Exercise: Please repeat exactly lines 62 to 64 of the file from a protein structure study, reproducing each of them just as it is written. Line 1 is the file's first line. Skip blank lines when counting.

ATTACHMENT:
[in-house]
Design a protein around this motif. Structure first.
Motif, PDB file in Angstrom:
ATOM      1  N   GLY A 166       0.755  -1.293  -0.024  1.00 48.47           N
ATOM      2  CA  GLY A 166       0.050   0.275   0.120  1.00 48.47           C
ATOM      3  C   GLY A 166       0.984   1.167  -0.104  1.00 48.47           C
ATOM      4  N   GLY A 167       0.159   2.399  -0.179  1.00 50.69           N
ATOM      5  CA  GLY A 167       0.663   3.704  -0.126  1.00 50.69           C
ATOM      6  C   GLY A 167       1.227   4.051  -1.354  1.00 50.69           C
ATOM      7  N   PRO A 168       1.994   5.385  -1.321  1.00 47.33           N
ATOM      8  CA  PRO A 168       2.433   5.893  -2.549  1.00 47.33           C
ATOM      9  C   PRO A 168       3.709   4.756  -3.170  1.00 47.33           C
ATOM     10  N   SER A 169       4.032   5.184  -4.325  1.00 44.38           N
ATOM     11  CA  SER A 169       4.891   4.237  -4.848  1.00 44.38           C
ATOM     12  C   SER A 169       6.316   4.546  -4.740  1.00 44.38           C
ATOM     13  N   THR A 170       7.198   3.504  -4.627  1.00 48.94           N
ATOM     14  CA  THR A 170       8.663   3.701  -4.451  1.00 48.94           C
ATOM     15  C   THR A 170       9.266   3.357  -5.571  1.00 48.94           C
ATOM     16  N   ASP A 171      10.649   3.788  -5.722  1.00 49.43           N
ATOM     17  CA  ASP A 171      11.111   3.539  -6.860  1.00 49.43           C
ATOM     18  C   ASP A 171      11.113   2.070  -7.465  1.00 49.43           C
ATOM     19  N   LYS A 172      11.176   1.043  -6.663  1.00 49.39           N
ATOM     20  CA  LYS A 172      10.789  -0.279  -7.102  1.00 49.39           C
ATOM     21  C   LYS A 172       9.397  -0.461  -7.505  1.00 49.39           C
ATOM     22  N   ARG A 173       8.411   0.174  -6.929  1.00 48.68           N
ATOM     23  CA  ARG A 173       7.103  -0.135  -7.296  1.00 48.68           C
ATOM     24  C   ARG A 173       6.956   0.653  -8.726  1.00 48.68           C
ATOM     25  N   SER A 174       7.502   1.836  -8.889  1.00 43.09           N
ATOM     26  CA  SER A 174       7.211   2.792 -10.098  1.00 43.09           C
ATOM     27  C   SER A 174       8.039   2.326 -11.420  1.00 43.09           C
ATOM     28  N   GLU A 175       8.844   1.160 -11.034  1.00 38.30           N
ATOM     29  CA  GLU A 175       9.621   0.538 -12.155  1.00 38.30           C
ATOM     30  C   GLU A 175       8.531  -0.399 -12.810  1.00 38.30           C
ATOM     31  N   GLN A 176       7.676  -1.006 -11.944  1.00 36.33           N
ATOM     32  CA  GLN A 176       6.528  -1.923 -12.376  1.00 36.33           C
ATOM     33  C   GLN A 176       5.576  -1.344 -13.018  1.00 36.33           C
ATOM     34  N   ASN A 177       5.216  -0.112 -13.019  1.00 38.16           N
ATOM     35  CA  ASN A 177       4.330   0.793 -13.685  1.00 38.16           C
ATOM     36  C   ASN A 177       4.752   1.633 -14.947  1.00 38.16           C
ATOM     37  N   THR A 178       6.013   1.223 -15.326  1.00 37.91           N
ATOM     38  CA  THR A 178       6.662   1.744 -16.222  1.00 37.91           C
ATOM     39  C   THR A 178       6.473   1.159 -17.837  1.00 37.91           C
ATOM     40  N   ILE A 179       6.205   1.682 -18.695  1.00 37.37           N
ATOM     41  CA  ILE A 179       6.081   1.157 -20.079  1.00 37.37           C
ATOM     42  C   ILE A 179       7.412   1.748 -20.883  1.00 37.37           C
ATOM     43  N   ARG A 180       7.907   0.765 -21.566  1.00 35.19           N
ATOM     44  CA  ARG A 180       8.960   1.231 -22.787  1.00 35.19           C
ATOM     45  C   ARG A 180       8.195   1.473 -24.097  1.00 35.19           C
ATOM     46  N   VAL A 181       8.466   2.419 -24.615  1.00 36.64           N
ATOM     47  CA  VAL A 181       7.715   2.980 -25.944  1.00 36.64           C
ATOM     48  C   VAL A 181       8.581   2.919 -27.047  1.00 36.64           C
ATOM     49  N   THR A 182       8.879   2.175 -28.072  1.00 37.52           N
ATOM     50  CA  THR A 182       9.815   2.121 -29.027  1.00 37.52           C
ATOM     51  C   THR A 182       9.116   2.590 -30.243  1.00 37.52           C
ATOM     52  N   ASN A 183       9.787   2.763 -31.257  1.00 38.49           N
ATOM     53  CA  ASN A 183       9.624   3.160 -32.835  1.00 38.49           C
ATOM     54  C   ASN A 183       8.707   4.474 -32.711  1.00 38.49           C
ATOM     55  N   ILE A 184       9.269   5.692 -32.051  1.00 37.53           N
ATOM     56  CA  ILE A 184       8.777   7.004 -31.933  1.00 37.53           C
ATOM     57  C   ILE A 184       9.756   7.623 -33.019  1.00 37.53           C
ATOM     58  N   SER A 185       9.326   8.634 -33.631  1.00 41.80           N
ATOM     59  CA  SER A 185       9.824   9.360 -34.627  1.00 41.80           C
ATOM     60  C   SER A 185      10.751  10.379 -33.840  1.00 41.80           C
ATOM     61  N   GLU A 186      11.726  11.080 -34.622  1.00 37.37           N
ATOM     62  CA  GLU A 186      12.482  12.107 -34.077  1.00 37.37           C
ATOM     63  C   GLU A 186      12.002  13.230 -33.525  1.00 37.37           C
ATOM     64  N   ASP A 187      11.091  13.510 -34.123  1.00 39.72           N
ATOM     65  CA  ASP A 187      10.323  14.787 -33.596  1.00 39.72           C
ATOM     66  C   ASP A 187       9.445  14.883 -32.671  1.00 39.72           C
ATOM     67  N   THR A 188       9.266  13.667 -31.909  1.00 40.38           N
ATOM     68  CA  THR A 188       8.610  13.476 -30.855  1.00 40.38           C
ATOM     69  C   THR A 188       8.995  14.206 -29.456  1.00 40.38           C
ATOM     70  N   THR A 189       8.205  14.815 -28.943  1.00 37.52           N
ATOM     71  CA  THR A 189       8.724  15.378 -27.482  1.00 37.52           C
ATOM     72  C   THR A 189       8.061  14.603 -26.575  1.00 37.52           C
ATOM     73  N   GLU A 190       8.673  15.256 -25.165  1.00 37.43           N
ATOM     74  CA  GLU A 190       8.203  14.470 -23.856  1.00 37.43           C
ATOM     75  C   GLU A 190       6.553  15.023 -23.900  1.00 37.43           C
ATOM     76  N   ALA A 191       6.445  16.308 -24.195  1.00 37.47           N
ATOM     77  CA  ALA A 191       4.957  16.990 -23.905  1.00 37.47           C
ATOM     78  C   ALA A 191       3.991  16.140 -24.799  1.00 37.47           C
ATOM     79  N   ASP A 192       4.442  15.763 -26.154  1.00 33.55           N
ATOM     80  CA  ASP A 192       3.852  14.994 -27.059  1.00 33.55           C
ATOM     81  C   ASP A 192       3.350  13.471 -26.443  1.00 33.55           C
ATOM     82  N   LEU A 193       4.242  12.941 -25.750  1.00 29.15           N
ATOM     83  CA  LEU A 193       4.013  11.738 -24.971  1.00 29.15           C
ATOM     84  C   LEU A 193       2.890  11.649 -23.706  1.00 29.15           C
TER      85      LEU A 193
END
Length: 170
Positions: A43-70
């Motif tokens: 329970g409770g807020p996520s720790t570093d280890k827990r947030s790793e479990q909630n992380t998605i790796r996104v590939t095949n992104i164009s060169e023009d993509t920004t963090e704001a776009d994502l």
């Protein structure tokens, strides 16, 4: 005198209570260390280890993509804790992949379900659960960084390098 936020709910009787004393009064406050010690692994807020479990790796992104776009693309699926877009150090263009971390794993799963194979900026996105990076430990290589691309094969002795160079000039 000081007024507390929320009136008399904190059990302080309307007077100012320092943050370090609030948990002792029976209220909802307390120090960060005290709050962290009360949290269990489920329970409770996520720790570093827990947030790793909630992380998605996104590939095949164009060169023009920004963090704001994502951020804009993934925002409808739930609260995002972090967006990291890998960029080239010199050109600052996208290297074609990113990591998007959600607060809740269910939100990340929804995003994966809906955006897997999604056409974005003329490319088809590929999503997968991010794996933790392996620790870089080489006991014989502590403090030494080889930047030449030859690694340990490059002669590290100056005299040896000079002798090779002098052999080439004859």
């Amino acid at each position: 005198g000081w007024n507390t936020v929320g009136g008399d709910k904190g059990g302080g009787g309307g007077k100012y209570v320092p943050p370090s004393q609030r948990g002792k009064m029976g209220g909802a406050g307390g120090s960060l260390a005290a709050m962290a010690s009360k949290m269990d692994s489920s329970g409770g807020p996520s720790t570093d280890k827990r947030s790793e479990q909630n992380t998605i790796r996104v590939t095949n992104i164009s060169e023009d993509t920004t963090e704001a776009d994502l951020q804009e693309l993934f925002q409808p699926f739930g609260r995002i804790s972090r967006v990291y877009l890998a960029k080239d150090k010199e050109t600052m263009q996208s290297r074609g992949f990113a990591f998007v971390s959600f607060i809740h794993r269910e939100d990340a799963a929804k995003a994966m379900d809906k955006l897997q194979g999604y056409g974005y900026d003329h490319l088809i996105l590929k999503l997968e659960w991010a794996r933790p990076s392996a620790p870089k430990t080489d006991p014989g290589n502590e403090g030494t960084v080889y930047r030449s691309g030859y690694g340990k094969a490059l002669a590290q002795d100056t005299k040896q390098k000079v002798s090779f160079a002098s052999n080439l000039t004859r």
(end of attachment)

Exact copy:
ATOM     59  CA  SER A 185       9.824   9.360 -34.627  1.00 41.80           C
ATOM     60  C   SER A 185      10.751  10.379 -33.840  1.00 41.80           C
ATOM     61  N   GLU A 186      11.726  11.080 -34.622  1.00 37.37           N